Remember that friend I wrote about a little while back? The one who kept making excuses about why she couldn’t change her situation? Well, she did it. She put in her notice and started her new job a few weeks ago. The catch? She took a 30% pay cut.
She called me several times as she was in the process of making this decision, wondering whether or not she could go through with it. The lower salary was a hard pill for her to swallow, especially when it was a battle just to get her bottom line at the new firm. Not to mention that after she put in her notice, her managers basically said they would give her whatever she wanted if she stayed.
I fully admit that this is a hard place to be. But every time she called, I gently reminded her what a hard place her current position had been for the past 1.5 years.
“Is the money worth the stress you’ve been going through?” I asked her. “And how much more will they expect of you if you stay after all the additional raises, bonuses and promotion they give you?”
This is key for anyone contemplating a risk: is the cost of your current situation worth it? If the answer is yes, then stay where you are and own it. But if the answer is no, then I’m sorry, quit your bitching and DO SOMETHING already.
Yeah, I put up with my friend’s pseudo-bitching, but do you know why? Because it wasn’t really bitching; she was processing HOW to change her situation. She needed to talk through the fear and self-doubt. She needed someone to tell her that she could do it and that the world wouldn’t end if she gave up her salary. We talked through several worst-case scenarios:
- If you hate the new job and decide to quit, then what?
- If you quit after 6 or even 3 months and were unemployed for however long it took you to find a new job, then what?
- If you started the new job and realized you’d rather have the old job back, then what?
With each of these scenarios, we talked about how things wouldn’t be so bad. If she decided to quit, she could use the time to figure out what to do next. If she were unemployed until she found a new job, her husband’s salary could support them both. If she really wanted her old job back, she could probably get it.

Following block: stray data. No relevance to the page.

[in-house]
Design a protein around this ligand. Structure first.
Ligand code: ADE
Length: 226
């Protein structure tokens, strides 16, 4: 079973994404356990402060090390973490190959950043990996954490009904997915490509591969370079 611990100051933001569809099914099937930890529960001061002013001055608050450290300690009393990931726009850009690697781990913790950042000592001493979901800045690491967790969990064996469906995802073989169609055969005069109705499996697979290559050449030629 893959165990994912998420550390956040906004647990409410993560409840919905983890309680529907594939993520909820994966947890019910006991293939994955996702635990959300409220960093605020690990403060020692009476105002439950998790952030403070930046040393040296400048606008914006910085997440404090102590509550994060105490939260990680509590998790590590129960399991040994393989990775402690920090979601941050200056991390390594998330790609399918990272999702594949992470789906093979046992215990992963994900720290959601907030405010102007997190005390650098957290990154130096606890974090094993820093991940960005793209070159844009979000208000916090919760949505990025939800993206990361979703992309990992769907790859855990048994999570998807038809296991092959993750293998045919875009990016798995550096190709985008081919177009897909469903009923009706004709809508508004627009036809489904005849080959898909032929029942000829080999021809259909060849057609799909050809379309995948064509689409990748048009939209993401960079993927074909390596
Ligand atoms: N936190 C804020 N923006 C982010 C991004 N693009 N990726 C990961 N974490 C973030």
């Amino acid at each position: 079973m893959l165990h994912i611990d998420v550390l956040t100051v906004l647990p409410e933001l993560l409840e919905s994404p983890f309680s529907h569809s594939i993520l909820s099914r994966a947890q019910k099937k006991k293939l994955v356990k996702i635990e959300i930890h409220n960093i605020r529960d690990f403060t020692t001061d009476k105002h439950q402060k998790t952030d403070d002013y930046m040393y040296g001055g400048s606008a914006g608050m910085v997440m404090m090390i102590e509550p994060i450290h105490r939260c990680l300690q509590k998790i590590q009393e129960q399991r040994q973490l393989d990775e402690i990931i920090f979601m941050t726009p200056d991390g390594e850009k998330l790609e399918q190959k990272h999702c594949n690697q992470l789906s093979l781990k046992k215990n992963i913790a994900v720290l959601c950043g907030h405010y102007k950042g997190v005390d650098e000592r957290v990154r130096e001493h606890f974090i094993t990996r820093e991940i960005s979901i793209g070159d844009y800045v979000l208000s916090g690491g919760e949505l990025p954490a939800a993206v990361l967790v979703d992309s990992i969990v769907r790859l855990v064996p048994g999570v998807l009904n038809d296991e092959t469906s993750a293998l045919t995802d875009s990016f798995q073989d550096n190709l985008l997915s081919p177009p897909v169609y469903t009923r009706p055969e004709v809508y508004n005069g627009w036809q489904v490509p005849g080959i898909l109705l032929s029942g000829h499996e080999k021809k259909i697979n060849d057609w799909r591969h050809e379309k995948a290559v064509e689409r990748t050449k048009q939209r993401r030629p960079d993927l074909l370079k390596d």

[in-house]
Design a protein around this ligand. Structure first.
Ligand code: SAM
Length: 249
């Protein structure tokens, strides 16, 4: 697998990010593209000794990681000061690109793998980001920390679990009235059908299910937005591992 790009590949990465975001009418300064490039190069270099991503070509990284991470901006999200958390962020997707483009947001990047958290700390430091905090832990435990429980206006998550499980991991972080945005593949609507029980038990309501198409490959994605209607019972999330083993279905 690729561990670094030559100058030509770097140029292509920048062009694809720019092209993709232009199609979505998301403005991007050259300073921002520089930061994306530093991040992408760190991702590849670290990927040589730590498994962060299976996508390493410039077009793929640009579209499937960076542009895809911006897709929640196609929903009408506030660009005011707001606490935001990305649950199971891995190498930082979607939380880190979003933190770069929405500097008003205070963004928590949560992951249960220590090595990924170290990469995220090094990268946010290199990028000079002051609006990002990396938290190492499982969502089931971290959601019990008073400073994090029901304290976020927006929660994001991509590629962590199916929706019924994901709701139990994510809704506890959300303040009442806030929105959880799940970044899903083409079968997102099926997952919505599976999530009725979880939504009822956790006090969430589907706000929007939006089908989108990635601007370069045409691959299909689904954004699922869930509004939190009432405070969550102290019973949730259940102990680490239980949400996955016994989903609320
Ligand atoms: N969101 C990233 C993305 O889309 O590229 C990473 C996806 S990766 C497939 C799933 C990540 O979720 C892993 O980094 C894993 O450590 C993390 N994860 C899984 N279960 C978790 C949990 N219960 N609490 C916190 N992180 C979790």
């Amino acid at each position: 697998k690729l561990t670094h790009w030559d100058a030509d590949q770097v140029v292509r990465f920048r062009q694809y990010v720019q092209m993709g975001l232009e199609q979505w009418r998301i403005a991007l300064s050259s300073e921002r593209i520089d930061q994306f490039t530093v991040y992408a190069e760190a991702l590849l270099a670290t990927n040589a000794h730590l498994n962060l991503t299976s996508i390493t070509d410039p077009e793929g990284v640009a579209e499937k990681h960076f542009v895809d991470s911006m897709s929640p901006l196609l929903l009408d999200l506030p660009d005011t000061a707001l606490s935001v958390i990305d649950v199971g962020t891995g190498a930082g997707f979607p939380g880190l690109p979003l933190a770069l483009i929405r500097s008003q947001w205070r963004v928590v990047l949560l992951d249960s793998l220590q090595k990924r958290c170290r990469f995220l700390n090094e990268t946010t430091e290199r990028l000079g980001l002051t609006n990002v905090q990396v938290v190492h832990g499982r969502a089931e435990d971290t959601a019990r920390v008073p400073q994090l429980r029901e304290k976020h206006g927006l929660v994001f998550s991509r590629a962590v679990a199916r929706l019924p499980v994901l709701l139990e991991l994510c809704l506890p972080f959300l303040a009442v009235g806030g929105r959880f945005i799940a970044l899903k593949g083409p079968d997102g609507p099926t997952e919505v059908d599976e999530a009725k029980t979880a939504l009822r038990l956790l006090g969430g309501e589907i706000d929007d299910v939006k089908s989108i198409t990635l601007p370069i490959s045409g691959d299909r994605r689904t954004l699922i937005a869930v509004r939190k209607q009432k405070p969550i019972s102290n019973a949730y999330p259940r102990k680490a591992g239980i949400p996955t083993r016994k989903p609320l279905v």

Still, she kept looking at her salary cut as a loss, which it is, technically. But it’s all about perspective. Is your current situation worth your cost? For my friend, her cost was the stress and frustration of dealing with coworkers who didn’t do their part of the job (or didn’t do it well), of 60-hour work weeks, constant travel and poor management.
On top of that, she does still want to go into business for herself someday, and pursing the training needed to do that wasn’t happening. The former position also didn’t give her necessary experience for her personal business. And any business requires capital to get started, right? Either you apply for a business loan or you bootstrap. Either way, it’s a negative on the balance sheet for a good three years.
So we talked through a paradigm shift: instead of focusing on the loss, I tried to help her look at the so-called loss as the cost of her long-term goals and suggested that she think of that 30% as the capital investment in herself and her future business.
Is it risky to take a 30% pay cut? Absolutely. Will it be uncomfortable? Probably. But in the end, the paradigm shift is learning to look at risk from a different point of view by evaluating your potential gain to determine if it’s greater than your perceived loss.
What about you — what paradigm shift do you need to make to get one step closer to the life you really want to live?